Detroit’s Baobab Fare is a home for refugees

Eggplant from Baobab Fare.
Eggplant from Baobab Fare. Tom Perkins

Baobab Fare

6568 Woodward Ave., Detroit
11 a.m.-6 p.m. Sunday, 11 a.m.-9 p.m. Tuesday-Saturday
Dinners with sides $13-$19
Handicap accessible

Just seeing the word "baobab" gave me such a warm and friendly feeling. I felt sure a baobab tree had starred in a children's book read long ago, once a year on visits to my grandmother's house, lolling on a horsehair sofa in the summer heat. My sisters agreed, but we weren't able to pin down a title (no, it's not The Little Prince). Anyone know?

In any case, look up a picture. It's a weird-looking African tree. Baobab Fare co-owner Mamba Hamissi (along with his wife Nadia Nijimbere) says they thought that if a baobab tree can grow in the desert, then their restaurant could grow in Detroit.

The restaurant gives a warm feeling too. The sunny yellow wooden chairs, the floor-length windows on Woodward, little vases of yellow daisies on the tables, a collection of woven baskets on the walls, the slogan on the wall: Detroit ni nyumbani: "Detroit is home."

It became home after the couple arrived in Detroit at Freedom House in 2014 as refugees from Burundi in East Africa. "Graduates" of Freedom House and of Sanctuary, a nonprofit that also aids refugees, they've staffed Baobab Fare with other former refugees too — another way that the restaurant is welcoming.

Detroiters' main experience with East African food up till now may be Ethiopian. Burundian is different. There's no injera; you get a fork, but the stews and braises are just as intense and slow-cooked. Meat in Burundi is only for special occasions, according to Hamissi, because of the cost. But there's no shortage of meat on his menu: "Every time you come to Baobab Fare you are coming to party, so take advantage."

I loved both the vegetable and meat dishes, but would single out the goat and the eggplant. The latter is stewed within an inch of its life, soft and rich and velvety, and expertly spiced. The sizable goat shank is equally rich in its goaty way, topped with pickled onions and scallions; it's lots of meat.

All dishes come with a choice of rice pilau or coconut rice; the latter is more interesting, with just the right amount of mild flavor. They also come with some combination of fried plantains, soft yellow beans, peanut-stewed spinach, or fresh corn salad. Of these the bland beans (a Burundian staple) are the least exciting. The corn is cool and tastes straight off the cob — the kind of summer dish you're too lazy to make at home but love for someone else to produce for you. The spinach is stewed super-soft. No one can resist fried plantains, and these fat ones have a bit of caramelized crust.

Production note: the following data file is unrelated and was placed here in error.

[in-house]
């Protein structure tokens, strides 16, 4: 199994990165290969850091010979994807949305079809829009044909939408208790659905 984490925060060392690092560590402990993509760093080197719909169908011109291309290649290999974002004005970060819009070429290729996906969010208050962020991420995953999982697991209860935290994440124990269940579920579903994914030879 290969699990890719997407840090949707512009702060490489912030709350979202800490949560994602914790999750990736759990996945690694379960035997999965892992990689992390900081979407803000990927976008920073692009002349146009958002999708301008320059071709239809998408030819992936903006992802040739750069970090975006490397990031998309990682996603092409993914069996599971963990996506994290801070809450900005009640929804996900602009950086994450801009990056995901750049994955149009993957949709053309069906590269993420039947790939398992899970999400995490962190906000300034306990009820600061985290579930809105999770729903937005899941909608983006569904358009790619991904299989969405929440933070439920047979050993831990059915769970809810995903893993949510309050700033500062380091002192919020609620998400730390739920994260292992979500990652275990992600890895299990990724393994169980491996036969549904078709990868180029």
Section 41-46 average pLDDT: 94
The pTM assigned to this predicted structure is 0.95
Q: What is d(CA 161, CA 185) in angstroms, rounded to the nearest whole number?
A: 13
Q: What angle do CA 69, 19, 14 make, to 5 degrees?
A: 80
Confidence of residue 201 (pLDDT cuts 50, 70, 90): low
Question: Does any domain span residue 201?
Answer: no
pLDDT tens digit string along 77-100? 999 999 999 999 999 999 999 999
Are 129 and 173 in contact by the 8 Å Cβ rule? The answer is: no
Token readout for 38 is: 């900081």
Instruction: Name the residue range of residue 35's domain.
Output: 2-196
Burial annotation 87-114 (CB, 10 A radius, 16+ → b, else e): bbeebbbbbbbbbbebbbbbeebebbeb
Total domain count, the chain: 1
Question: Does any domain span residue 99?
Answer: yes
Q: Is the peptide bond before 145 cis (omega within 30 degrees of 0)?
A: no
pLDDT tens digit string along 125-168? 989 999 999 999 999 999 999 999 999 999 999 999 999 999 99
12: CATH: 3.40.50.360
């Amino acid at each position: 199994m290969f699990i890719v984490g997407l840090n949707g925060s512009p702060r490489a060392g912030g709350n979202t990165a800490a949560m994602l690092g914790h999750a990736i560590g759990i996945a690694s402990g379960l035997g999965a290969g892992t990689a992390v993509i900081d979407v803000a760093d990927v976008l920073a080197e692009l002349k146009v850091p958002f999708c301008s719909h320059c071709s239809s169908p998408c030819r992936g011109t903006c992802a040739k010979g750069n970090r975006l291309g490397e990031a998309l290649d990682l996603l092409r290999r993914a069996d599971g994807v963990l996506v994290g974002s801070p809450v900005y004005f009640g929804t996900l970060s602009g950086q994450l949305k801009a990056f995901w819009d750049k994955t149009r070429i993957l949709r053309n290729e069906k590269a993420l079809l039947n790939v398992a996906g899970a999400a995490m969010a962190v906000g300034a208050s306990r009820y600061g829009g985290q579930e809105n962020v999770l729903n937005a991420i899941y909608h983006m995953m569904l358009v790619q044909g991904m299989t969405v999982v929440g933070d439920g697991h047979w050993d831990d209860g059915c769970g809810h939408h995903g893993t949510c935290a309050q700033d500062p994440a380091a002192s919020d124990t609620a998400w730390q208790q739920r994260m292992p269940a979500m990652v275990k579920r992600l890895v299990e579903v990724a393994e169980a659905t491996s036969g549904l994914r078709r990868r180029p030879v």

I also loved swai fish with a topping of mustardy onions; the boneless fillet is soft and mild (but there are doubts about its raising practices). The stewed shredded beef also seemed full-bodied and generous; my companion would not share more than one bite. Chicken comes either fried or marinated and roasted.

I truly loved the tamu dessert: a pudding of avocado and passion fruit. Customer reviewers on the site got it right: "tangy, creamy, and rich — but still light! ... perfectly refreshing and not too heavy... reminds me of sorbet while smoothly melting in my mouth....creamy, sweet yet tarty and fruity." All those things. Mandazi, an advertised "African donut" with cardamom, was unfortunately not to be had.

My complaints about Baobab Fare: Both teas I tried were weak, an iced lemongrass and a hot ginger. The ginger was just a teabag. With no alcohol, more attention should be paid to something decent to drink. And hopefully service can be sped up as experience grows. My party arrived for a 7 p.m. reservation one Saturday. Our tea came at 8, our food at 8:15, our forks at 8:20. The place was deservedly busy!

Harissi and Nijimbere also sell retail items that reflect their roots: chocolate from Tanzania, gum with lemongrass, turmeric and cayenne, ginger syrup, cacao "bites" with mango and spices, dried jackfruit slices, "pili" East African hot sauce—and Cellar Door Preserves, from their new nyumbani.

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About The Author

Jane Slaughter

Jane Slaughter is a former editor of Labor Notes and co-author of Secrets of a Successful Organizer. Her writing has also appeared in The Nation, The Progressive, Monthly Review, and In These Times.
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